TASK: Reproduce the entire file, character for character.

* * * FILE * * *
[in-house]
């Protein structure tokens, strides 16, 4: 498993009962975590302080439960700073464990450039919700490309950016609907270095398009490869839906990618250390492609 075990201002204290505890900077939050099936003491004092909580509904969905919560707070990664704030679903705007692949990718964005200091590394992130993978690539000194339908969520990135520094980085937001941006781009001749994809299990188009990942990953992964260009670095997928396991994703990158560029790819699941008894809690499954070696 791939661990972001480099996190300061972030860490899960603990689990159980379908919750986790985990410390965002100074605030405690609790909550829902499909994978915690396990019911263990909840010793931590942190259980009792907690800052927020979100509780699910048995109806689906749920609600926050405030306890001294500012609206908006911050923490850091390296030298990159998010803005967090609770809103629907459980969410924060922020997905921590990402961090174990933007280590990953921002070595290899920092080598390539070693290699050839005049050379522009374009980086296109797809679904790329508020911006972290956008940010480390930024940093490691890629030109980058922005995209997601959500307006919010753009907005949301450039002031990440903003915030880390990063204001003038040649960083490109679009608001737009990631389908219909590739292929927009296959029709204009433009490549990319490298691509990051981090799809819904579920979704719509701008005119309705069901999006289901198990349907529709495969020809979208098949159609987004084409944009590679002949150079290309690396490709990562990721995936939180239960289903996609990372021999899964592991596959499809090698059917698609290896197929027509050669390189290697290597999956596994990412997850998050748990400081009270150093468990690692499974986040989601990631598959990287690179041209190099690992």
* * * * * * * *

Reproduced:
[in-house]
């Protein structure tokens, strides 16, 4: 498993009962975590302080439960700073464990450039919700490309950016609907270095398009490869839906990618250390492609 075990201002204290505890900077939050099936003491004092909580509904969905919560707070990664704030679903705007692949990718964005200091590394992130993978690539000194339908969520990135520094980085937001941006781009001749994809299990188009990942990953992964260009670095997928396991994703990158560029790819699941008894809690499954070696 791939661990972001480099996190300061972030860490899960603990689990159980379908919750986790985990410390965002100074605030405690609790909550829902499909994978915690396990019911263990909840010793931590942190259980009792907690800052927020979100509780699910048995109806689906749920609600926050405030306890001294500012609206908006911050923490850091390296030298990159998010803005967090609770809103629907459980969410924060922020997905921590990402961090174990933007280590990953921002070595290899920092080598390539070693290699050839005049050379522009374009980086296109797809679904790329508020911006972290956008940010480390930024940093490691890629030109980058922005995209997601959500307006919010753009907005949301450039002031990440903003915030880390990063204001003038040649960083490109679009608001737009990631389908219909590739292929927009296959029709204009433009490549990319490298691509990051981090799809819904579920979704719509701008005119309705069901999006289901198990349907529709495969020809979208098949159609987004084409944009590679002949150079290309690396490709990562990721995936939180239960289903996609990372021999899964592991596959499809090698059917698609290896197929027509050669390189290697290597999956596994990412997850998050748990400081009270150093468990690692499974986040989601990631598959990287690179041209190099690992």